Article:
Putting the Brakes on Gray Market and Counterfeit Goods

Completely stopping the flow of fake or illegally obtained high-tech products may not be possible. But Cisco’s Ram Manchi, through his work at AGMA, is doing what he can to slow it down.

Collaboration with outside organizations doesn’t strike most people as the best way to protect intellectual property. But Ram Manchi’s goal is to convince you otherwise.

Manchi, director of global business controls at Cisco, is president of the Alliance for Gray Market and Counterfeit Abatement (AGMA), whose founding members include Cisco, 3Com, HP, Microsoft and Nortel. In this new role, which he assumed in November 2007, he is charged with increasing awareness of gray market and counterfeit goods, boosting membership in the organization and fostering collaboration among members.

Manchi recently spoke with CSO’s Katherine Walsh about his vision for AGMA, some successful investigations its members have launched, and what companies in all industries can do to combat the problem.

CSO: What’s a bigger concern--counterfeiting or gray market goods?

Ram Manchi photo
Manchi: Gray marketing is generally defined as products (very likely genuine) that are transacted through unauthorized channels and/or markets. Counterfeit refers to a non-genuine product traded with breach of brand and trademarks; it’s a deliberate attempt to deceive consumers by copying and marketing goods. Sometimes, the whole product is illegally manufactured, and sometimes, a part of the original product is contaminated with non-genuine components.

Both are significantly detrimental to the high-tech industry as well as to its channels and its customers. Gray marketing impacts the financial health of manufacturers and distribution channels through price destabilization, and it could also eventually impact the ability of manufacturers to make investments in future technologies. Counterfeiting, in addition to impacting manufacturers and channels, also impacts customers and their infrastructure with illegally produced and possibly inferior products.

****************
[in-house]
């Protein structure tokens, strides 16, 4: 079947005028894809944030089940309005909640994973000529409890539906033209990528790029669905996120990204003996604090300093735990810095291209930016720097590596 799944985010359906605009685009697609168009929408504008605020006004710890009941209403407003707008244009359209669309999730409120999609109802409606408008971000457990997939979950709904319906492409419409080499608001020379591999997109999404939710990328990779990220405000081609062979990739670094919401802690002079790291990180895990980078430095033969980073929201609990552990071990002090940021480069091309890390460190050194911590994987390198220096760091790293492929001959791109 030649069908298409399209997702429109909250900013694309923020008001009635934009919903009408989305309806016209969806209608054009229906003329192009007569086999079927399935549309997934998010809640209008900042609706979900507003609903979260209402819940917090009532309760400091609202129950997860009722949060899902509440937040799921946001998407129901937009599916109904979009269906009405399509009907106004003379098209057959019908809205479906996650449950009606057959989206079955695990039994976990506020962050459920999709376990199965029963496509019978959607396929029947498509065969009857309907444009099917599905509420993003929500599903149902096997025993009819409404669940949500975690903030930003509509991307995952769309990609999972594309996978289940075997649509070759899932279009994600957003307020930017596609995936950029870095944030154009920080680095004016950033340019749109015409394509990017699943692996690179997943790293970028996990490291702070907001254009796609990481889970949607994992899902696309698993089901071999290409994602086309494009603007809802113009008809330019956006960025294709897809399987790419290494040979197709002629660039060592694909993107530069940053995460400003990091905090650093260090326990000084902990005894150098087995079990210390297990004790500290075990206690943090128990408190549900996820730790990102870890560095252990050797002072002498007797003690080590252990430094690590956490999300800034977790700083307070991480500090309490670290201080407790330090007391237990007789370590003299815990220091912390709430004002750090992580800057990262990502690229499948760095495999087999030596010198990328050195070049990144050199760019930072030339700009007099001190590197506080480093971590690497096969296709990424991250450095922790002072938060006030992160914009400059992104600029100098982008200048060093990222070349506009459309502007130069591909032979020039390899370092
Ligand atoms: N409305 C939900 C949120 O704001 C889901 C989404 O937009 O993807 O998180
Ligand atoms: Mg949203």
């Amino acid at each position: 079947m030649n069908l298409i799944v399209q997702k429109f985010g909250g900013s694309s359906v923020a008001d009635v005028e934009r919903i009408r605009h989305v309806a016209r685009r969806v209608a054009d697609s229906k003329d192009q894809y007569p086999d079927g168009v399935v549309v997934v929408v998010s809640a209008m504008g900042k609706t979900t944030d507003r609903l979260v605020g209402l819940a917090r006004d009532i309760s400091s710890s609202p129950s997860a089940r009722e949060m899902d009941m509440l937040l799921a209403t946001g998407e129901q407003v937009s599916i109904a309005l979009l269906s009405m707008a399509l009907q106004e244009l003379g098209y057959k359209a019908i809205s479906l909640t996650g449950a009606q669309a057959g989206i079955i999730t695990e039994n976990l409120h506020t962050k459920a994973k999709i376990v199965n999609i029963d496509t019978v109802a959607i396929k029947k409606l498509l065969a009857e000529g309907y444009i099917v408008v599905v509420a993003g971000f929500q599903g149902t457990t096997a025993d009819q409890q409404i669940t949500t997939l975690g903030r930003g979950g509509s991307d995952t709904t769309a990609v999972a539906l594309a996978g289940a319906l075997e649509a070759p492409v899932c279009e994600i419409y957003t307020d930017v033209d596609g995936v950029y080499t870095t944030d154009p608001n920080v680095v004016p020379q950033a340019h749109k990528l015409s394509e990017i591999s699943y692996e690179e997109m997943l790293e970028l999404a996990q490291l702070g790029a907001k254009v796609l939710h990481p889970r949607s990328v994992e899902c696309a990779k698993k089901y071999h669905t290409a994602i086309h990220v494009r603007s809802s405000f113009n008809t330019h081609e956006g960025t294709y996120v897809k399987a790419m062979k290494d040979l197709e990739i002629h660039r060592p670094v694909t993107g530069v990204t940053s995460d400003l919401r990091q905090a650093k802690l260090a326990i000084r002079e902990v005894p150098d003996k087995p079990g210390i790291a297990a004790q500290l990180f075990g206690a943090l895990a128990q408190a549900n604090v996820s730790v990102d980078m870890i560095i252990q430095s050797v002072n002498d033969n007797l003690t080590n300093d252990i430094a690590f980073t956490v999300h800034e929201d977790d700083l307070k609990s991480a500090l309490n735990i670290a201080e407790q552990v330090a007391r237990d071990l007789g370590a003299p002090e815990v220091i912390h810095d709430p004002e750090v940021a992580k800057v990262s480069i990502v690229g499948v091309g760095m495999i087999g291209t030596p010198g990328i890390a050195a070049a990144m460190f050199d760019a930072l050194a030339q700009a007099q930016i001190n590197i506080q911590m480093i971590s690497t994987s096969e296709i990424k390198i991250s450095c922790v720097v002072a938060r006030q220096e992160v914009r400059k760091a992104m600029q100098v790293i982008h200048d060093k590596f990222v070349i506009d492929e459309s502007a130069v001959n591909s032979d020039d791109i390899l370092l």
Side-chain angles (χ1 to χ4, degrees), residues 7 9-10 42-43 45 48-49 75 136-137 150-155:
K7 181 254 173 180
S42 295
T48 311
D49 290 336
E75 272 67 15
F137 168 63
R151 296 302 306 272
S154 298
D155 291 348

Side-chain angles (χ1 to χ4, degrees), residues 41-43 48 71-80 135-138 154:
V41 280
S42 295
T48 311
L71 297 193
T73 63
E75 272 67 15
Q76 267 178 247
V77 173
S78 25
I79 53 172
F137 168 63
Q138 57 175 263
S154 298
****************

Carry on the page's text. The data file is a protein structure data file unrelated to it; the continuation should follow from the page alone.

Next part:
Both of these issues have broader implications to society. Most of the time this money is not officially on the books and could fund undesired and unlawful activities. It could also contribute to money laundering, national security and other evils.

CSO: Do you combat gray market and counterfeit differently? Does addressing one tend to make the other become either less or more of a problem?

Manchi: Both gray marketing and counterfeiting are many times found to be blended. As individuals and entities that are engaging in gray marketing find easy ways to make money, it could tempt them to explore selling counterfeit to gain more easy money, and so on.

CSO: Can you give a couple examples that illustrate how AGMA enables companies to share information and best practices with each other?

Manchi: AGMA provides a forum for information sharing. This is enabled through best practice sharing at our meetings and through our website. AGMA also ensures that member companies do not violate any legal stipulations on sharing specific company/channel/individuals names.

As companies are being impacted by gray market and counterfeit goods, some companies have successfully detected and litigated the suspects. Some of these cases are discussed as case studies at AGMA meetings and conferences, providing the rest of the members’ insights into the process of detection, investigation, evidence, engagement of law enforcement and litigation.

AGMA conferences are also actively attended by law enforcement agencies such as the FBI, U.S. Secret Service and U.S. Postal Inspector General’s office. Such engagement further helps member companies to learn more on processes, available government agencies and how the legal system can help.

CSO: Can you give an example of what’s happened when members have shared best practices? How have they benefited?